Doctors may use stents to treat coronary heart disease (CHD). CHD is a disease in which a waxy substance called plaque (plak) builds up inside the coronary arteries. These arteries supply your heart muscle with oxygen-rich blood.
When plaque builds up in the arteries, the condition is called atherosclerosis (ath-er-o-skler-O-sis).
Plaque narrows the coronary arteries, reducing the flow of oxygen-rich blood to your heart. This can lead to chest pain or discomfort called angina (an-JI-nuh or AN-juh-nuh).
The buildup of plaque also makes it more likely that blood clots will form in your coronary arteries. If blood clots block a coronary artery, a heart attack will occur.
Doctors may use percutaneous coronary intervention (PCI) (sometimes referred to as coronary angioplasty) and stents to treat CHD. During PCI, a thin, flexible tube with a balloon or other device on the end is threaded through a blood vessel to the narrow or blocked coronary artery.
Once in place, the balloon is inflated to compress the plaque against the wall of the artery. This restores blood flow through the artery, which reduces angina and other CHD symptoms.
Unless an artery is too small, a stent usually is placed in the treated portion of the artery during PCI. The stent supports the artery's inner wall. It also reduces the chance that the artery will become narrow or blocked again. A stent also can support an artery that was torn or injured during PCI.
Even with a stent, there's about a 10–20 percent chance that an artery will become narrow or blocked again in the first year after PCI. When a stent isn't used, the risk can be as much as 10 times as high. Research has shown that as time goes by, people who have coronary artery stents are in less danger of risks from the surgery but more prone to the risks of chronic diseases, such as type 2 diabetes and renal failure.
Doctors also may use stents to treat carotid (ka-ROT-id) artery disease. This is a disease in which plaque builds up in the arteries that run along each side of your neck. These arteries, called carotid arteries, supply oxygen-rich blood to your brain.
The buildup of plaque in the carotid arteries limits blood flow to your brain and puts you at risk for a stroke.
Doctors use stents to help support the carotid arteries after they're widened with PCI. Researchers continue to explore the risks and benefits of carotid artery stenting.
Plaque also can narrow other arteries, such as those in the kidneys and limbs. Narrow kidney arteries can affect kidney function and lead to severe high blood pressure.
Narrow arteries in the limbs, a condition called peripheral arterial disease (P.A.D.), can cause pain and cramping in the affected arm or leg. Severe narrowing can completely cut off blood flow to a limb, which could require surgery.
To relieve these problems, doctors may do PCI on a narrow kidney, arm, or leg artery. They often will place a stent in the affected artery during the procedure. The stent helps support the artery and keep it open.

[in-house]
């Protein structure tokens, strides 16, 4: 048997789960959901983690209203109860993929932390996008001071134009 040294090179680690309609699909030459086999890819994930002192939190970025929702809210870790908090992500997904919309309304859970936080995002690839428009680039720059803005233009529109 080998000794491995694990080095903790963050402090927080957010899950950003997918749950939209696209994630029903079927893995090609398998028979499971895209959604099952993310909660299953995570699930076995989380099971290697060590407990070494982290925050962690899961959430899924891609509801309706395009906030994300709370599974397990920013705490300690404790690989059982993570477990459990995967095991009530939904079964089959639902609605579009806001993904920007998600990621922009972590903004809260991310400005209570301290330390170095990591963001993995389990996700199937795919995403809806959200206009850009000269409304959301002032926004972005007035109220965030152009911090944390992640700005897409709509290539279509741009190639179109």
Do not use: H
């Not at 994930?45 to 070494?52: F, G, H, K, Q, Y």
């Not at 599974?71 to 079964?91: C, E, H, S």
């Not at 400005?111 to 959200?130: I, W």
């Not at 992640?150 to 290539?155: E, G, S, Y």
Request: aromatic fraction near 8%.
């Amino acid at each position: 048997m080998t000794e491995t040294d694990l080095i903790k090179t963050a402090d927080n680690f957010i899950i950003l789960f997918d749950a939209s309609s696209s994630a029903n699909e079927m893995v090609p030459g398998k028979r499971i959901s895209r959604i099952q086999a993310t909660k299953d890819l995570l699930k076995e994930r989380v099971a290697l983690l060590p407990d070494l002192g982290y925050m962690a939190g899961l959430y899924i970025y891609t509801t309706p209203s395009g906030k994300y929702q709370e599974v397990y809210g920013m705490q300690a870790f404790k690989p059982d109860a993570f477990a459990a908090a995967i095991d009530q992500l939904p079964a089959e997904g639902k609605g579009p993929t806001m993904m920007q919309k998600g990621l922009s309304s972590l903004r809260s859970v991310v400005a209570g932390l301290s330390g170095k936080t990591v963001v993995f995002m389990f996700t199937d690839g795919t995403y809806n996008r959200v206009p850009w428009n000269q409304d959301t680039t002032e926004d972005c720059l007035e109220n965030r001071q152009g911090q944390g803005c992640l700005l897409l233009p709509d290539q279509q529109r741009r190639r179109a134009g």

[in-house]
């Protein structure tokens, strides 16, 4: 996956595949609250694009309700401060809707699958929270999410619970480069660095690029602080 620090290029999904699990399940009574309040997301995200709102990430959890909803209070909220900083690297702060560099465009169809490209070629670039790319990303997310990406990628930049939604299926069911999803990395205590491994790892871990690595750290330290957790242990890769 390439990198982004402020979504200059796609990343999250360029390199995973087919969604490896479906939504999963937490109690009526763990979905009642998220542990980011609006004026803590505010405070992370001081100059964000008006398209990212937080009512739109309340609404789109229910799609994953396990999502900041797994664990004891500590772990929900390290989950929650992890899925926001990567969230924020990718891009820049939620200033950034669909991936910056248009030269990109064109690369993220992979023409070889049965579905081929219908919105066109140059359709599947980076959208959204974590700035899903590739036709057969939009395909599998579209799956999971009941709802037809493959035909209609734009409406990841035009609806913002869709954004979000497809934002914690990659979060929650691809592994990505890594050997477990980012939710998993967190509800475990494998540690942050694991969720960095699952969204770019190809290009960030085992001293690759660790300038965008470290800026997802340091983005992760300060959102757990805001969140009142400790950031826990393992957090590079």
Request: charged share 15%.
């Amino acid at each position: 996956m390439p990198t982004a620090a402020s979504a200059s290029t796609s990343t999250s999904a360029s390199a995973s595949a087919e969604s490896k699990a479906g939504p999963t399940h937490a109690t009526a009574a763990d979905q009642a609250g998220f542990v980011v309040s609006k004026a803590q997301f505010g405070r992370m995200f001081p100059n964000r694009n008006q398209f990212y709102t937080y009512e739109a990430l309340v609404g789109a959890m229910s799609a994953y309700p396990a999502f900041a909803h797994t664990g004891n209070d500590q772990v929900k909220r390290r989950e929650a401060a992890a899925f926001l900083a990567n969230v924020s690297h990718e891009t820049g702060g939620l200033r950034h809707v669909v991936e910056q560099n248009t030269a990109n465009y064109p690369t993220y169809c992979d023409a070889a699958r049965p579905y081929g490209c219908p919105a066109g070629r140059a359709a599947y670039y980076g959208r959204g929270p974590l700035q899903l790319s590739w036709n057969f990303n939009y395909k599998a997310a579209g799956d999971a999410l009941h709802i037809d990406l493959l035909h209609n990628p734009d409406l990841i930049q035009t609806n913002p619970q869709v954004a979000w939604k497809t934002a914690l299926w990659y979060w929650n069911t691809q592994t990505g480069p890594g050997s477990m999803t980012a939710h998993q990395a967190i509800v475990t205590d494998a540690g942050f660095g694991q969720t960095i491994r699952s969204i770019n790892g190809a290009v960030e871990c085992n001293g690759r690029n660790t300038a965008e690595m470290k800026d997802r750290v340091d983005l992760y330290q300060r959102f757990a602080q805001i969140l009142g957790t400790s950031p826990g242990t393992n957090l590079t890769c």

The aorta is a major artery that carries oxygen-rich blood from the left side of the heart to the body. This artery runs through the chest and down into the abdomen.
Over time, some areas of the aorta's walls can weaken. These weak areas can cause a bulge in the artery called an aneurysm. An aneurysm in the aorta can burst, leading to serious internal bleeding. When aneurysms occur, they're usually in the abdominal aorta.
To help avoid a burst, doctors may place a fabric stent in the weak area of the abdominal aorta. The stent creates a stronger inner lining for the artery.
Aneurysms also can develop in the part of the aorta that runs through the chest. Doctors also use stents to treat these aneurysms. How well the stents work over the long term still isn't known.
Another problem that can occur in the aorta is a tear in its inner wall. If blood is forced into the tear, it will widen.
The tear can reduce blood flow to the tissues that the aorta serves. Over time, the tear can block blood flow through the artery or burst. If this happens, it usually occurs in the chest portion of the aorta.
Researchers are developing and testing new kinds of stents that will prevent blood from flowing into aortic tears. A stent placed within the torn area of the aorta might help restore normal blood flow and reduce the risk of a burst aorta.
How are stents placed?
Clinical trials are research studies that explore whether a medical strategy, treatment, or device is safe and effective for humans. To find clinical trials that are currently underway for Stents, visit www.clinicaltrials.gov.
September 2, 2014
Gary H. Gibbons
Researcher Brings Medicine One Step Closer to Widely Available Cure for Sickle Cell Disease
The NHLBI updates Health Topics articles on a biennial cycle based on a thorough review of research findings and new literature. The articles also are updated as needed if important new research is published. The date on each Health Topics article reflects when the content was originally posted or last revised.